All Thinking and No Typing Makes Me Not A Writer

I had a blog post written for this week. Several actually. They’re still waiting to be re-read and polished into something coherent in Microsoft Word. But, somehow, I couldn’t muster up the will to actually re-read anything that I’ve written, let alone, clean up a draft. Lately, I’ve just been in the mood to type type type all the random (and not so random) little things that flit through my mind, and though I know this is my blog, and I can post whatever I want on it, I respect the general blogosphere enough not to throw out word vomit just for the heck of it. Believe me, no one needs to see what my unfiltered, newly awake, pre-coffee mind is capable of. (No, it’s not anything negative or controversial. I just don’t want anyone to question that English is my native language.)

Unfortunately, my type type type disease hasn’t translated to my WIP2 very well. In fact, it’s almost the exact opposite. I will re-read and tinker with the bits that I’ve already written, and yet d.r.a.g. my metaphorical feet to get to the next step in the action. It’s not procrastination. Not really. Nor is it a “what happens next?” thing. I think honestly, I over analyzed the story, and now I’m too bored (for lack of a better word) to continue.

I like my story. I know I do. But, I think that I’ve spent a little too much time thinking about The Story and writing about it via plotting methods of all sorts that I’ve lost touch with my MC, who, I admit, is the main reason why I like my story in the first place. After all this time, MC started to feel like, well, a character and not a real person. Well, I know MC isn’t real, but I started to think of the story as scenes that would lead to other scenes, and things that MC would need to do to get to those scenes, etc, that I lost sight of my recently learned lesson: story comes from the choices that the MC makes.

Random Interjection By My Brain Elves

Thinking about cardboard characters kind of reminds me of the flannelgraph stories I used to sit through during Sunday school.

The teacher would change the main elements of the story on a flannel board as she told the story. So, I would sit there, listening to her words, and yet, mostly stare at a static scene. Sure, sometimes she’d wiggle the characters if they were supposedly walking across the room, or a desert, but ultimately, the characters were lifeless, and no amount of moving by the teacher convinced me of the actions they were supposed to convey from the story. (Story time is definitely best served with an animated voice fueling a listener’s imagination, no visuals necessary. My two cents.)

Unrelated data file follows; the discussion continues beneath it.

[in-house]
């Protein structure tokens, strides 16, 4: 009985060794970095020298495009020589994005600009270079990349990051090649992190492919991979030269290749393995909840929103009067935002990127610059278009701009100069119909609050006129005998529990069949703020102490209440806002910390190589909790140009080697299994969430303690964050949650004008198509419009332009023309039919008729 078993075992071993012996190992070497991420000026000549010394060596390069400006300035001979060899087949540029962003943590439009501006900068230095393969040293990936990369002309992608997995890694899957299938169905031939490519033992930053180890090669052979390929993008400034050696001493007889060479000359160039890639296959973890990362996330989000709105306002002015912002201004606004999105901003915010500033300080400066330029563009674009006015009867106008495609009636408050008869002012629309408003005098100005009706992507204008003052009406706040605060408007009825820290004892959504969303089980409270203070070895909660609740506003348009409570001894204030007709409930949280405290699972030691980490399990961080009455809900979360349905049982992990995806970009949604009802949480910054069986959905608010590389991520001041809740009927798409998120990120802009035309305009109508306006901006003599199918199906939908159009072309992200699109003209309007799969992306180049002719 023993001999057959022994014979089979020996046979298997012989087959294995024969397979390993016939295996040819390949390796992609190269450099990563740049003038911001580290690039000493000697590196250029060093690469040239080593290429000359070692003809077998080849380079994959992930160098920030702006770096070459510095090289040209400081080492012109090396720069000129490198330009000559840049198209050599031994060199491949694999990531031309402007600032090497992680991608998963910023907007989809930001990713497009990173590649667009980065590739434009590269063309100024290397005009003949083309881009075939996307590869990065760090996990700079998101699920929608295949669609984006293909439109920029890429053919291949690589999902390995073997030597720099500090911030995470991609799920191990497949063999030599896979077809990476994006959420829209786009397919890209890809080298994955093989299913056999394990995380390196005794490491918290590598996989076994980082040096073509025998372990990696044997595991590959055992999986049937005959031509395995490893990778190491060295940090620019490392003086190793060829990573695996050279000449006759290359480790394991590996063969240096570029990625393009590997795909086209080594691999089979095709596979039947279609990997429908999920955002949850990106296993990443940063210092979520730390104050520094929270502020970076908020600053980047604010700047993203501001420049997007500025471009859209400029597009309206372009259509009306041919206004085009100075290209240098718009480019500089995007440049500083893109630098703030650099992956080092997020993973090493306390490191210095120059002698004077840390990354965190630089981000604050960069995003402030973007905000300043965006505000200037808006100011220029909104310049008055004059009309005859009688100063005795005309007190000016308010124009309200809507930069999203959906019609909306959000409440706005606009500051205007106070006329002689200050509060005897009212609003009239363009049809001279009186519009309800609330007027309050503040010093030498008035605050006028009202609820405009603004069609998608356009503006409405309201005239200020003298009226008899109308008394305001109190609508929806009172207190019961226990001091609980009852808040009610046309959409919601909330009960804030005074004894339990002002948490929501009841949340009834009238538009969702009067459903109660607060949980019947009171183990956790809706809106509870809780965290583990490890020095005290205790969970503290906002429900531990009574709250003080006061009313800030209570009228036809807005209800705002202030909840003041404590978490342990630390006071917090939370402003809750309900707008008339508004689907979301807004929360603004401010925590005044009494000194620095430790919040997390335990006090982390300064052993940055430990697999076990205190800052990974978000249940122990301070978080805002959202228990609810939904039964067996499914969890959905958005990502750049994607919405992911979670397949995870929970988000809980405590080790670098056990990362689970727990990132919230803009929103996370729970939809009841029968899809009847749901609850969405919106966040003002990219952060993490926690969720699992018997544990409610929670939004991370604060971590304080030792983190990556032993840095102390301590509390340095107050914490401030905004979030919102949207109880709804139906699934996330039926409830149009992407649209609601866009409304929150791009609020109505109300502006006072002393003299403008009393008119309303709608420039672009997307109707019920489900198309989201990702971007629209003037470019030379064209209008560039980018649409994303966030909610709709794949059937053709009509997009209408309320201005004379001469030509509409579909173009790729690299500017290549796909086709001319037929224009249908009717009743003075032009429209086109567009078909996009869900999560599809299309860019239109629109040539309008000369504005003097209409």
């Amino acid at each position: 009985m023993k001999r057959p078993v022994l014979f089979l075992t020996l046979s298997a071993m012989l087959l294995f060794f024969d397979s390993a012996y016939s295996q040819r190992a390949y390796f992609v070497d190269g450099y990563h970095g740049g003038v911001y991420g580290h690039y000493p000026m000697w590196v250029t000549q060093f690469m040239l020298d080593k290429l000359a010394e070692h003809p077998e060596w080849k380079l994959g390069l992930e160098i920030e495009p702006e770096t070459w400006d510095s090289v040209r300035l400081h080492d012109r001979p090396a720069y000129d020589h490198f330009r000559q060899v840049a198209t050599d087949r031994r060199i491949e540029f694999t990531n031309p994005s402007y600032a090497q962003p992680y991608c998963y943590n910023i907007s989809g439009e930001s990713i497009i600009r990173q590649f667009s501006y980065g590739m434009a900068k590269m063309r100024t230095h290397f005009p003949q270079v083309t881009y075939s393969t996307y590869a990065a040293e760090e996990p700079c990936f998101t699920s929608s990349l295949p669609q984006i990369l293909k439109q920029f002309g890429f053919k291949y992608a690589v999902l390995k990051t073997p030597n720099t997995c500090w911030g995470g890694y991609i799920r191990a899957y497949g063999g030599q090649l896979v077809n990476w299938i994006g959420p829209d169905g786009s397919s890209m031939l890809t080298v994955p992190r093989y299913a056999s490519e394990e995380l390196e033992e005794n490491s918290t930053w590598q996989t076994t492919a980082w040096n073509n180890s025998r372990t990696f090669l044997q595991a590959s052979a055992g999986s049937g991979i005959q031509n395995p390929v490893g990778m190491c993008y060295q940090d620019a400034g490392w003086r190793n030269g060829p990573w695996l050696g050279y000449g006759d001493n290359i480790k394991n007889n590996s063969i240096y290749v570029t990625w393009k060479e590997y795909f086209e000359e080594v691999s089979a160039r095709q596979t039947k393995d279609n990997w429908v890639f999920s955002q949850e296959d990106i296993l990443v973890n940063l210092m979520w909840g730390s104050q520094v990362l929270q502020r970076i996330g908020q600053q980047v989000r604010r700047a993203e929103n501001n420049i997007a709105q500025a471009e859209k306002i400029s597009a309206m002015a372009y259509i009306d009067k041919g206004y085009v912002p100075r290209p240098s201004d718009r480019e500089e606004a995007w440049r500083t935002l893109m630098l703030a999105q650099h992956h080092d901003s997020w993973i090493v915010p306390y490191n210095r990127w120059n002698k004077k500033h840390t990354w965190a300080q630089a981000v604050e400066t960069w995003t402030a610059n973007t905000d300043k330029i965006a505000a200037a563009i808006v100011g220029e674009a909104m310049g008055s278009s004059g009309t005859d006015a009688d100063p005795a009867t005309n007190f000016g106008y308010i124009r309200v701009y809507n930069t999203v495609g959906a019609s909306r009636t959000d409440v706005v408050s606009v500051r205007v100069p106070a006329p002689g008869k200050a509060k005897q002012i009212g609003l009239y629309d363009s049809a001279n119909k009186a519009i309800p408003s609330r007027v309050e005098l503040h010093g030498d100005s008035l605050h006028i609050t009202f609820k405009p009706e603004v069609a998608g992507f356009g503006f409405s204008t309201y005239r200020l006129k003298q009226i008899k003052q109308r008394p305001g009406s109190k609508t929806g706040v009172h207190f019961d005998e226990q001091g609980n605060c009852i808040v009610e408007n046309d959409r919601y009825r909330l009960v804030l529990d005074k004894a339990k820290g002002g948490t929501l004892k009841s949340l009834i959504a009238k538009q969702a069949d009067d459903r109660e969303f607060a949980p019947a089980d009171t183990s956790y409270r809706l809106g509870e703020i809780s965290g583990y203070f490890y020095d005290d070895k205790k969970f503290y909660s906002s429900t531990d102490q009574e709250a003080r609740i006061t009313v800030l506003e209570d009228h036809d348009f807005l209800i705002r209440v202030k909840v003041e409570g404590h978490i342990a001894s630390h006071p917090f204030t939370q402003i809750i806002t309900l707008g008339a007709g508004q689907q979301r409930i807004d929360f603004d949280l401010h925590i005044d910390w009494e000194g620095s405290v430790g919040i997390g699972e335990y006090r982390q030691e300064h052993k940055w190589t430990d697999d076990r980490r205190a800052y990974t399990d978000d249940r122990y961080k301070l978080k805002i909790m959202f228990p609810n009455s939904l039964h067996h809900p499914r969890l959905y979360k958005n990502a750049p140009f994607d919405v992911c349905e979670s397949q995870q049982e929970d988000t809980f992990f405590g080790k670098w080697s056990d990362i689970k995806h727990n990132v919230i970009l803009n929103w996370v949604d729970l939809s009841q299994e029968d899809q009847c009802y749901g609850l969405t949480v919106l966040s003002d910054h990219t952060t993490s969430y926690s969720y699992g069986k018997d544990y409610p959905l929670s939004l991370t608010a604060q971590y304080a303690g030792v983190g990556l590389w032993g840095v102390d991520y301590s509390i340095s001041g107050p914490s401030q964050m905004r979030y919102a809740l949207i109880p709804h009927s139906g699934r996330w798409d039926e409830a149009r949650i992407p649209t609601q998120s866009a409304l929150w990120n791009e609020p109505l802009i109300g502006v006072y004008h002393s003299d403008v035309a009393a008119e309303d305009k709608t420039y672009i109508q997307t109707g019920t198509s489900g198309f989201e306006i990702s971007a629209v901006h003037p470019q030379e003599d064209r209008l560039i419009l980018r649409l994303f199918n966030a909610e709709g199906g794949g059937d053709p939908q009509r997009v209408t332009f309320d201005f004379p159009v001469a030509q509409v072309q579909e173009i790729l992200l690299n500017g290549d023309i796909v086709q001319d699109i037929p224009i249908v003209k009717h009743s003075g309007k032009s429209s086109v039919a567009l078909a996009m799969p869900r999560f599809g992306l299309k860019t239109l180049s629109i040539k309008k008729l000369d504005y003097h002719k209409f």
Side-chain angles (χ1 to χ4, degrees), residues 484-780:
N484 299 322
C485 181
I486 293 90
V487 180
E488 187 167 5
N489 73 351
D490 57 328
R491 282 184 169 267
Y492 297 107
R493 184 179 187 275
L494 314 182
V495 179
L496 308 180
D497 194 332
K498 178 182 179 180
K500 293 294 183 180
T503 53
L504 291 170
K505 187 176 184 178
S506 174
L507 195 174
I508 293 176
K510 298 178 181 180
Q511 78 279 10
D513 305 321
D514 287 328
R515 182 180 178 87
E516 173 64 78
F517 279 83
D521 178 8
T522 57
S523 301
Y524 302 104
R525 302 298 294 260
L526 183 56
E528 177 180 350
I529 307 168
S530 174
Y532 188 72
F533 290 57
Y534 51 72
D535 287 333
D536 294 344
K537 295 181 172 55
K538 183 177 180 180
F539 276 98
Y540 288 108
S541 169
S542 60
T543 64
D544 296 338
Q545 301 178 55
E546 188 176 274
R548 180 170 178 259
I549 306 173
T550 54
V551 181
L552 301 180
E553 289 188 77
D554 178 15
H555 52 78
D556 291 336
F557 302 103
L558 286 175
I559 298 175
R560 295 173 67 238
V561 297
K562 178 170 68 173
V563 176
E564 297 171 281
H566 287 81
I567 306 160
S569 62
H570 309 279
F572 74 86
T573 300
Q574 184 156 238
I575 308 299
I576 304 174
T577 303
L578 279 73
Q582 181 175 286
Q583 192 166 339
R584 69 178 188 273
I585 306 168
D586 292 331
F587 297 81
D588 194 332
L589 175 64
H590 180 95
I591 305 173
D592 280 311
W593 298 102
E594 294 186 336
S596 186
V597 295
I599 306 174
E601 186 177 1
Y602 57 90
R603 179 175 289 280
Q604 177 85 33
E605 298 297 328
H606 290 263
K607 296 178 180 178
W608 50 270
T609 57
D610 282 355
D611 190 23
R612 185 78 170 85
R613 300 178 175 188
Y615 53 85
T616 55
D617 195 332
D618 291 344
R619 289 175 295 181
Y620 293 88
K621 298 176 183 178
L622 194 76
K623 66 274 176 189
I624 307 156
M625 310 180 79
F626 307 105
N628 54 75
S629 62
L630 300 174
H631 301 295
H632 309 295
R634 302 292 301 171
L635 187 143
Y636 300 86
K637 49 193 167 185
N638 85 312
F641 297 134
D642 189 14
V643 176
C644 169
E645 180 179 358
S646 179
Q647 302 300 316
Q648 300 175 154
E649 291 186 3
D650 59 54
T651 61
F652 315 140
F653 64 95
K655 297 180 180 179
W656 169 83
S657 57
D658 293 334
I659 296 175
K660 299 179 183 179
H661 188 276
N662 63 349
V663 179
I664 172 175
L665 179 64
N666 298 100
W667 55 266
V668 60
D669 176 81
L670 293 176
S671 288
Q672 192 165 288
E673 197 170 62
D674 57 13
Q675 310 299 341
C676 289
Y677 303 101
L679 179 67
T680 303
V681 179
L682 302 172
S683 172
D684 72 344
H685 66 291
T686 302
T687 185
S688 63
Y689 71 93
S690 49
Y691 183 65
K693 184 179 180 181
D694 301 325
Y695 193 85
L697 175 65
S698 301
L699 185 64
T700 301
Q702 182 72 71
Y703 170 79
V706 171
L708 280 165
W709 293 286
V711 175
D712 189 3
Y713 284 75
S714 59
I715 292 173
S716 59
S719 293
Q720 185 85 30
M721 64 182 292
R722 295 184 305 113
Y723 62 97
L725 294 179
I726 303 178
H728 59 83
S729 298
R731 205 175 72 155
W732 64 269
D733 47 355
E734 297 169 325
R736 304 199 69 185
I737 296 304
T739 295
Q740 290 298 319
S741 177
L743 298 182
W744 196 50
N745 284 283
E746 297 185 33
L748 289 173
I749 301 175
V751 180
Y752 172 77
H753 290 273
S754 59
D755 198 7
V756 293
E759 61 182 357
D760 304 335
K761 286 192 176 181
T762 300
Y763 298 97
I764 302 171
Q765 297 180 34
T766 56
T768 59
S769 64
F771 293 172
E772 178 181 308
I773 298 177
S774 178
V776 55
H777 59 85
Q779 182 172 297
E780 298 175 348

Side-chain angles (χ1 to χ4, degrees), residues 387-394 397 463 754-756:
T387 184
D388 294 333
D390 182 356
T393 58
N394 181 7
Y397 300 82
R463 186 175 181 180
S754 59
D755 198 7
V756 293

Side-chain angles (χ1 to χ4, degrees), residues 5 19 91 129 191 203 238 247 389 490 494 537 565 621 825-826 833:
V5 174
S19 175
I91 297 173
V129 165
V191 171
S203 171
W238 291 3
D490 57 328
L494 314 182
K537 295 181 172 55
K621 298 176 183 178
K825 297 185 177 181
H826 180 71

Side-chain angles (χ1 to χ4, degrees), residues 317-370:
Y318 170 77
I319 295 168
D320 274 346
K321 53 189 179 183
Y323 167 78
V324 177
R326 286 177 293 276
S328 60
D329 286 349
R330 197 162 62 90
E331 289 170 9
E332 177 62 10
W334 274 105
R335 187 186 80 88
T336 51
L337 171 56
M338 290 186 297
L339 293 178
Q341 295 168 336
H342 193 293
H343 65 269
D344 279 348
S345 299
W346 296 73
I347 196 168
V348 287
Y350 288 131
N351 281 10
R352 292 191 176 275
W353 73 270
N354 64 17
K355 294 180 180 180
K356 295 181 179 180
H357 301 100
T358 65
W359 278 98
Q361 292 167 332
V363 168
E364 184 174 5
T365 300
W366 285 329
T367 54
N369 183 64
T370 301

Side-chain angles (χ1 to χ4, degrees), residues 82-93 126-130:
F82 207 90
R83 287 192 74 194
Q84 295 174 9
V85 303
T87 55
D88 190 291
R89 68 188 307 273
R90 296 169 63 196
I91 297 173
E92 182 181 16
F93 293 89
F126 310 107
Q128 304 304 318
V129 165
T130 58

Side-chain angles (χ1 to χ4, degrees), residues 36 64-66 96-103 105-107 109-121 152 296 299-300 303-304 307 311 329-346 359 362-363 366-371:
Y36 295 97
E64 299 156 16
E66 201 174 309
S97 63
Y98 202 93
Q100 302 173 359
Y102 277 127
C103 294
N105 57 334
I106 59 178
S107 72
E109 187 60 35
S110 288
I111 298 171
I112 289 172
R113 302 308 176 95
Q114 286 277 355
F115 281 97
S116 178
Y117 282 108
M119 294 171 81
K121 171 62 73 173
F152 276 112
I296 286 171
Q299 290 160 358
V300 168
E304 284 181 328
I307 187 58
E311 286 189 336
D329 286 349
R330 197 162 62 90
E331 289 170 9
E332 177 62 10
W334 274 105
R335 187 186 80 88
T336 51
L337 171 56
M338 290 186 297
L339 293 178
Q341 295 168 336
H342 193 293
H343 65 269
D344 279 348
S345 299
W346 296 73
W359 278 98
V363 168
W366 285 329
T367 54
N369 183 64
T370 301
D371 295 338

Anyway, that’s how I’ve started to feel with WIP2. That I’m just pushing this cutout of MC around varying backdrops, which all amounts to a big, fat “So what?”

/End interjection.

Looking back, I can see where I’ve tripped myself up. I probably should have kept working on it privately first, before letting alpha readers give me initial feedback. After all, the Almighty Stephen King proclaimed that writers should write first with the door closed. That first drafts were a time for exploring and uncovering the story; a time to wallow in back story, adverbs, and tense shifts (oh my!). First drafts are supposed to be a free-for-all creative time, without that nagging feeling of “I hope they like this” poking at me.

And, for me, the “door closed” would also apply to reading anything to do with the publishing industry at all. It’s too discouraging to see books being sold and/or released that are too similar in concept to anything I’m working on. I know, I know, I’m supposed to read a lot and research widely, etc, and I do, believe me. But, I shouldn’t during the “door closed” phase. I know this about myself now, and I won’t waste time trying to convince myself that many books with similar concepts are published all the time, blahblahblah. It’s easier just to avoid news of that sort all together. Besides, there are plenty of non-adventure, non-science-fiction books out there to satisfy my reading addiction. (Sidenote: currently reading Kirsten Hubbard’s Wanderlove. LOVE IT. It releases March 2012. Mark your calendars!)